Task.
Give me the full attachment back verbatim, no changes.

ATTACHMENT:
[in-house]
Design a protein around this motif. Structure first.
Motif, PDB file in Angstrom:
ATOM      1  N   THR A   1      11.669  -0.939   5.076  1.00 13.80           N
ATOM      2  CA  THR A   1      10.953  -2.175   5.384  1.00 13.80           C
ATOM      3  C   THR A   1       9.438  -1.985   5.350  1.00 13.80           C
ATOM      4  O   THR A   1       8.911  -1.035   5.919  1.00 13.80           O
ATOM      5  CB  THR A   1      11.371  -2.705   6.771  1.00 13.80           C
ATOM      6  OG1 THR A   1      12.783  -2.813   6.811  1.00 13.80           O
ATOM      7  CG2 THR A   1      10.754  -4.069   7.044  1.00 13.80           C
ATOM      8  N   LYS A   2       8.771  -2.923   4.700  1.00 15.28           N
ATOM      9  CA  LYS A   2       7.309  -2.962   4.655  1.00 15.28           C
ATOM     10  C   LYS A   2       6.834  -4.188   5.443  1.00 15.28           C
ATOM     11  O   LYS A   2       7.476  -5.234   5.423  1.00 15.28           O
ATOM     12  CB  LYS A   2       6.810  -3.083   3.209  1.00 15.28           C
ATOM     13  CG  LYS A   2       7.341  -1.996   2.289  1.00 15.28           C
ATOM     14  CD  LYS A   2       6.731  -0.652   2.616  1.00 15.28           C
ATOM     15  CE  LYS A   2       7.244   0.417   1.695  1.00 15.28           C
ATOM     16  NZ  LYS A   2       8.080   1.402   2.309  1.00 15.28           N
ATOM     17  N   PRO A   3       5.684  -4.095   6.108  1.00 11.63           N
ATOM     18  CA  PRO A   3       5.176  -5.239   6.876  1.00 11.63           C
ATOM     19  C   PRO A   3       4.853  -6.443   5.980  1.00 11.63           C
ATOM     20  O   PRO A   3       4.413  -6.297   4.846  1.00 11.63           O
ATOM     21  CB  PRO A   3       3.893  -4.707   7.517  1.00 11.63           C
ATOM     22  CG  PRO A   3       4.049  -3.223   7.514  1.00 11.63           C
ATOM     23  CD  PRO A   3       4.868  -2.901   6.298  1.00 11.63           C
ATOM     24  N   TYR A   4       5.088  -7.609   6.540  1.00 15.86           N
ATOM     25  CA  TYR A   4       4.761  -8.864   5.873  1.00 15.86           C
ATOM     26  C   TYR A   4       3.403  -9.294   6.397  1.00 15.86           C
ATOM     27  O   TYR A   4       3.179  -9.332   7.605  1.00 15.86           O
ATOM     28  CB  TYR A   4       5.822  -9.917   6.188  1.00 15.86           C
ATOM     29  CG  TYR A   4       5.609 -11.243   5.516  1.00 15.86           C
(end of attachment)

[in-house]
Design a protein around this motif. Structure first.
Motif, PDB file in Angstrom:
ATOM      1  N   THR A   1      11.669  -0.939   5.076  1.00 13.80           N
ATOM      2  CA  THR A   1      10.953  -2.175   5.384  1.00 13.80           C
ATOM      3  C   THR A   1       9.438  -1.985   5.350  1.00 13.80           C
ATOM      4  O   THR A   1       8.911  -1.035   5.919  1.00 13.80           O
ATOM      5  CB  THR A   1      11.371  -2.705   6.771  1.00 13.80           C
ATOM      6  OG1 THR A   1      12.783  -2.813   6.811  1.00 13.80           O
ATOM      7  CG2 THR A   1      10.754  -4.069   7.044  1.00 13.80           C
ATOM      8  N   LYS A   2       8.771  -2.923   4.700  1.00 15.28           N
ATOM      9  CA  LYS A   2       7.309  -2.962   4.655  1.00 15.28           C
ATOM     10  C   LYS A   2       6.834  -4.188   5.443  1.00 15.28           C
ATOM     11  O   LYS A   2       7.476  -5.234   5.423  1.00 15.28           O
ATOM     12  CB  LYS A   2       6.810  -3.083   3.209  1.00 15.28           C
ATOM     13  CG  LYS A   2       7.341  -1.996   2.289  1.00 15.28           C
ATOM     14  CD  LYS A   2       6.731  -0.652   2.616  1.00 15.28           C
ATOM     15  CE  LYS A   2       7.244   0.417   1.695  1.00 15.28           C
ATOM     16  NZ  LYS A   2       8.080   1.402   2.309  1.00 15.28           N
ATOM     17  N   PRO A   3       5.684  -4.095   6.108  1.00 11.63           N
ATOM     18  CA  PRO A   3       5.176  -5.239   6.876  1.00 11.63           C
ATOM     19  C   PRO A   3       4.853  -6.443   5.980  1.00 11.63           C
ATOM     20  O   PRO A   3       4.413  -6.297   4.846  1.00 11.63           O
ATOM     21  CB  PRO A   3       3.893  -4.707   7.517  1.00 11.63           C
ATOM     22  CG  PRO A   3       4.049  -3.223   7.514  1.00 11.63           C
ATOM     23  CD  PRO A   3       4.868  -2.901   6.298  1.00 11.63           C
ATOM     24  N   TYR A   4       5.088  -7.609   6.540  1.00 15.86           N
ATOM     25  CA  TYR A   4       4.761  -8.864   5.873  1.00 15.86           C
ATOM     26  C   TYR A   4       3.403  -9.294   6.397  1.00 15.86           C
ATOM     27  O   TYR A   4       3.179  -9.332   7.605  1.00 15.86           O
ATOM     28  CB  TYR A   4       5.822  -9.917   6.188  1.00 15.86           C
ATOM     29  CG  TYR A   4       5.609 -11.243   5.516  1.00 15.86           C